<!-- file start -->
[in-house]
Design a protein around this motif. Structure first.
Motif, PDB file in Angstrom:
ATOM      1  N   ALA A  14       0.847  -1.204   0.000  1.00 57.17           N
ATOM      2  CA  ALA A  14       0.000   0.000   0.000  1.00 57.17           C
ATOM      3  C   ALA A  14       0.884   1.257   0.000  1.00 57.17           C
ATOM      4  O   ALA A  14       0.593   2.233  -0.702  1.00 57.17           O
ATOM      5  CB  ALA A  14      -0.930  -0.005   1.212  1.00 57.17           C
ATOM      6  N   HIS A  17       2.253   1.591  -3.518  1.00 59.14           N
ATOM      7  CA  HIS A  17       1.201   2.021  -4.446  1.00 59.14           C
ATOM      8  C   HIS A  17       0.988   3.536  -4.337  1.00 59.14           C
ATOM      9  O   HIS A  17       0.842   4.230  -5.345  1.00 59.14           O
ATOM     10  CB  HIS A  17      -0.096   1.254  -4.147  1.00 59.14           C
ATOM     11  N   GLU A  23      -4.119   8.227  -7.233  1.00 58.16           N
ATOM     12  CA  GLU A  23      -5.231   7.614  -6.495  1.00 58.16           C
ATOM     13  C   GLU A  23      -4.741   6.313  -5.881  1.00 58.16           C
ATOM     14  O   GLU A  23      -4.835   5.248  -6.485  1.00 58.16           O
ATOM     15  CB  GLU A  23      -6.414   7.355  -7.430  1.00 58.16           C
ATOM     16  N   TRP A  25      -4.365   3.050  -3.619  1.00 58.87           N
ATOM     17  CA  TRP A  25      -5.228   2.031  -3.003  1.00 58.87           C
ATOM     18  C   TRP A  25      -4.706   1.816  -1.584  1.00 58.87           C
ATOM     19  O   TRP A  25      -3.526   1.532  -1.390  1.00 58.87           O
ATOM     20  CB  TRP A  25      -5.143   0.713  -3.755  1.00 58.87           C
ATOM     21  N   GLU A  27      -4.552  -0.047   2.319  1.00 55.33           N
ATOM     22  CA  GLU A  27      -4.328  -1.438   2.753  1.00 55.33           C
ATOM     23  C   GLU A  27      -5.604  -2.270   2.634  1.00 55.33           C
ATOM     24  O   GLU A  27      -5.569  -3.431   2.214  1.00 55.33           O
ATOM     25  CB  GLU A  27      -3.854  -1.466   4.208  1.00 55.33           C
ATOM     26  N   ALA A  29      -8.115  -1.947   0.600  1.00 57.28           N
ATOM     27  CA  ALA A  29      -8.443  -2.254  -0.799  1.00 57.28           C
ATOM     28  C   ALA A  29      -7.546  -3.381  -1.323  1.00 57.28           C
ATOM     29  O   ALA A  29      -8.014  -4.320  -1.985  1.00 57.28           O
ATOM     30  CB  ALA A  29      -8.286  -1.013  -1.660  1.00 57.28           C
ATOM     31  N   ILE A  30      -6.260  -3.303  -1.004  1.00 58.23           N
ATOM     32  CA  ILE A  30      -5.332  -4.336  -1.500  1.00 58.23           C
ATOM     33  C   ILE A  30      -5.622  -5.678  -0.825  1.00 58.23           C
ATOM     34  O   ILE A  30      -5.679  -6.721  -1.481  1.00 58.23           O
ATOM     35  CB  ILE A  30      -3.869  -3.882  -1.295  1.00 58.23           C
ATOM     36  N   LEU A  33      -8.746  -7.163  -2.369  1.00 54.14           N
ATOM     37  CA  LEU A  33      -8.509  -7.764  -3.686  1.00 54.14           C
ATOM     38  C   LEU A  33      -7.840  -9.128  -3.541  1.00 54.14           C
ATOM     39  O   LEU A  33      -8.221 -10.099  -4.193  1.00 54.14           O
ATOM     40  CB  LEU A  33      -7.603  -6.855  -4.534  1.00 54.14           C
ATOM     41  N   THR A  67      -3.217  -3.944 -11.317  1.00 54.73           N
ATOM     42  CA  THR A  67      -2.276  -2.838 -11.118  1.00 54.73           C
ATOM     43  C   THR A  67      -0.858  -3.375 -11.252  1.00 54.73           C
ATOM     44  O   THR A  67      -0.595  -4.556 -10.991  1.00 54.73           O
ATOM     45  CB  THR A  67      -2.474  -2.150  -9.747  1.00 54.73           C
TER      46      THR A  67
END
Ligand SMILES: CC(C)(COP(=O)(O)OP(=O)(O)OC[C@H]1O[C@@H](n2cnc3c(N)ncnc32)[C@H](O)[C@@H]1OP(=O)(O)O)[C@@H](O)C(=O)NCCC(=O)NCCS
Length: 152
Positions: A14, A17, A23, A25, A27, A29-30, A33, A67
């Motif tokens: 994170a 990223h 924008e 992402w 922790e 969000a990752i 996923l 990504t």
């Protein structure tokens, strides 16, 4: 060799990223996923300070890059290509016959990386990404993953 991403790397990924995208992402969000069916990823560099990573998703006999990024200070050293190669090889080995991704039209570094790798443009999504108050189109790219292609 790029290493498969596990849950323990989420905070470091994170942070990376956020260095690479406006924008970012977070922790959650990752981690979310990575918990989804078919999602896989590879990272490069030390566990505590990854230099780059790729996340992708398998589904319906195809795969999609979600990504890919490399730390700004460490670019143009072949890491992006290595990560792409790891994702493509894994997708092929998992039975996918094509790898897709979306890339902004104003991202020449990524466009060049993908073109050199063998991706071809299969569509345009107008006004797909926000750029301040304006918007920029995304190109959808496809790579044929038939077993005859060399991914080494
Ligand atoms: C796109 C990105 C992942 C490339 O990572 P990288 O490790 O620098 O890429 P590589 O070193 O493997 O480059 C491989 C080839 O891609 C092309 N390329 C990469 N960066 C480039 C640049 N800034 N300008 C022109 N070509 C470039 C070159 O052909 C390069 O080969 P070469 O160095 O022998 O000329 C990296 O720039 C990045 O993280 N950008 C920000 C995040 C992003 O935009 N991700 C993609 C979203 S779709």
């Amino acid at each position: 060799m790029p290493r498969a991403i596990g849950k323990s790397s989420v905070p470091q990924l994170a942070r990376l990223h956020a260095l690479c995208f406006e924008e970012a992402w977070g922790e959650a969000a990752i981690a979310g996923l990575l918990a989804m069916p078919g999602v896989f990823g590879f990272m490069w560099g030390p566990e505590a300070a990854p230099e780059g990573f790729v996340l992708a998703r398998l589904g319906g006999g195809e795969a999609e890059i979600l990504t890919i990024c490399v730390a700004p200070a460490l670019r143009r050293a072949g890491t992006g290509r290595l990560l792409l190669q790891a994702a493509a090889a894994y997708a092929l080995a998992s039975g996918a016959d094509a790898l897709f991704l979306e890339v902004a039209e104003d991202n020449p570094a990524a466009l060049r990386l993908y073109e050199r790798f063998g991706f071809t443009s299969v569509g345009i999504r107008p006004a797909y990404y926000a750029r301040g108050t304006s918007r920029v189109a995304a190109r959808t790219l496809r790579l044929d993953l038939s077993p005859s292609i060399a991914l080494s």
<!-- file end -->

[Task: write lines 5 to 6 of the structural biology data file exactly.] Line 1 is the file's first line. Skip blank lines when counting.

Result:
ATOM      2  CA  ALA A  14       0.000   0.000   0.000  1.00 57.17           C
ATOM      3  C   ALA A  14       0.884   1.257   0.000  1.00 57.17           C